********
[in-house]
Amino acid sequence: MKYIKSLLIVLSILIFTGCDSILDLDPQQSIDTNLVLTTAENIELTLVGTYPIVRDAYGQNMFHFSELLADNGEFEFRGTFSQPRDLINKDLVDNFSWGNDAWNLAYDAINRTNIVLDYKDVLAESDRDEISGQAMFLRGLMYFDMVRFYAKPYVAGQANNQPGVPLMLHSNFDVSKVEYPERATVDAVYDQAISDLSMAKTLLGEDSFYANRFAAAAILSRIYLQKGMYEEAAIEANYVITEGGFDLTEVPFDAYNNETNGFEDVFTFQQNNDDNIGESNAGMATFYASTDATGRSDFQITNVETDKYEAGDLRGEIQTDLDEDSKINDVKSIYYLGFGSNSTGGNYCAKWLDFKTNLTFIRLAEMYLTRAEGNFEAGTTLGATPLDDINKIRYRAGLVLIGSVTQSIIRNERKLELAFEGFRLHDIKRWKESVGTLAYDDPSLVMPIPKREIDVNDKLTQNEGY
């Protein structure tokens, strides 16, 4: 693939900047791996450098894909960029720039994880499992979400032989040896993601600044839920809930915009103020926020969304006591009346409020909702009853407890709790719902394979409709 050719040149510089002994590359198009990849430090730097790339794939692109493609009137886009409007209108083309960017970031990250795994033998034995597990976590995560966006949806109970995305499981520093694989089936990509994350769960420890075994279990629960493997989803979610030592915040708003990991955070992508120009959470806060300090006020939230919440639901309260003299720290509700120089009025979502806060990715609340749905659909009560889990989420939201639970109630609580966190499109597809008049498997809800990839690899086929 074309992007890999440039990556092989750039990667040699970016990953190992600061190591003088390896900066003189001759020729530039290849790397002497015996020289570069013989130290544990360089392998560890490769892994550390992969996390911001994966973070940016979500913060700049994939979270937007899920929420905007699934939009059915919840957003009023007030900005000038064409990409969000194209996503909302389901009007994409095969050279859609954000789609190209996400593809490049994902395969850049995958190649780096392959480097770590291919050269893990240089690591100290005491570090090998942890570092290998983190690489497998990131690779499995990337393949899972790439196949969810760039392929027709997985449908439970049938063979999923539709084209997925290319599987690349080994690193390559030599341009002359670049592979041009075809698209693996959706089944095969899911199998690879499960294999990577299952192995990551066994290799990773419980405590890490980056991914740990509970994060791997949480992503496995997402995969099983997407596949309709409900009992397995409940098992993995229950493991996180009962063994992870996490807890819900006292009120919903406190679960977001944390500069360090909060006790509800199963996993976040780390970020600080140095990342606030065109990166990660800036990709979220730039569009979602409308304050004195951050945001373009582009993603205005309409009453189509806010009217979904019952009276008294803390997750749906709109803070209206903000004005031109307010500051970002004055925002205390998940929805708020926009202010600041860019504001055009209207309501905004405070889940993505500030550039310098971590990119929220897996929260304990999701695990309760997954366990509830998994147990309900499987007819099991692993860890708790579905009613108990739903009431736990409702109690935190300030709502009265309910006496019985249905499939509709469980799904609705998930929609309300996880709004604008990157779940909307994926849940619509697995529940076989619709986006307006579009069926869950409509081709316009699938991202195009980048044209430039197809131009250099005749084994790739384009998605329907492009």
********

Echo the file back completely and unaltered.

[in-house]
Amino acid sequence: MKYIKSLLIVLSILIFTGCDSILDLDPQQSIDTNLVLTTAENIELTLVGTYPIVRDAYGQNMFHFSELLADNGEFEFRGTFSQPRDLINKDLVDNFSWGNDAWNLAYDAINRTNIVLDYKDVLAESDRDEISGQAMFLRGLMYFDMVRFYAKPYVAGQANNQPGVPLMLHSNFDVSKVEYPERATVDAVYDQAISDLSMAKTLLGEDSFYANRFAAAAILSRIYLQKGMYEEAAIEANYVITEGGFDLTEVPFDAYNNETNGFEDVFTFQQNNDDNIGESNAGMATFYASTDATGRSDFQITNVETDKYEAGDLRGEIQTDLDEDSKINDVKSIYYLGFGSNSTGGNYCAKWLDFKTNLTFIRLAEMYLTRAEGNFEAGTTLGATPLDDINKIRYRAGLVLIGSVTQSIIRNERKLELAFEGFRLHDIKRWKESVGTLAYDDPSLVMPIPKREIDVNDKLTQNEGY
């Protein structure tokens, strides 16, 4: 693939900047791996450098894909960029720039994880499992979400032989040896993601600044839920809930915009103020926020969304006591009346409020909702009853407890709790719902394979409709 050719040149510089002994590359198009990849430090730097790339794939692109493609009137886009409007209108083309960017970031990250795994033998034995597990976590995560966006949806109970995305499981520093694989089936990509994350769960420890075994279990629960493997989803979610030592915040708003990991955070992508120009959470806060300090006020939230919440639901309260003299720290509700120089009025979502806060990715609340749905659909009560889990989420939201639970109630609580966190499109597809008049498997809800990839690899086929 074309992007890999440039990556092989750039990667040699970016990953190992600061190591003088390896900066003189001759020729530039290849790397002497015996020289570069013989130290544990360089392998560890490769892994550390992969996390911001994966973070940016979500913060700049994939979270937007899920929420905007699934939009059915919840957003009023007030900005000038064409990409969000194209996503909302389901009007994409095969050279859609954000789609190209996400593809490049994902395969850049995958190649780096392959480097770590291919050269893990240089690591100290005491570090090998942890570092290998983190690489497998990131690779499995990337393949899972790439196949969810760039392929027709997985449908439970049938063979999923539709084209997925290319599987690349080994690193390559030599341009002359670049592979041009075809698209693996959706089944095969899911199998690879499960294999990577299952192995990551066994290799990773419980405590890490980056991914740990509970994060791997949480992503496995997402995969099983997407596949309709409900009992397995409940098992993995229950493991996180009962063994992870996490807890819900006292009120919903406190679960977001944390500069360090909060006790509800199963996993976040780390970020600080140095990342606030065109990166990660800036990709979220730039569009979602409308304050004195951050945001373009582009993603205005309409009453189509806010009217979904019952009276008294803390997750749906709109803070209206903000004005031109307010500051970002004055925002205390998940929805708020926009202010600041860019504001055009209207309501905004405070889940993505500030550039310098971590990119929220897996929260304990999701695990309760997954366990509830998994147990309900499987007819099991692993860890708790579905009613108990739903009431736990409702109690935190300030709502009265309910006496019985249905499939509709469980799904609705998930929609309300996880709004604008990157779940909307994926849940619509697995529940076989619709986006307006579009069926869950409509081709316009699938991202195009980048044209430039197809131009250099005749084994790739384009998605329907492009």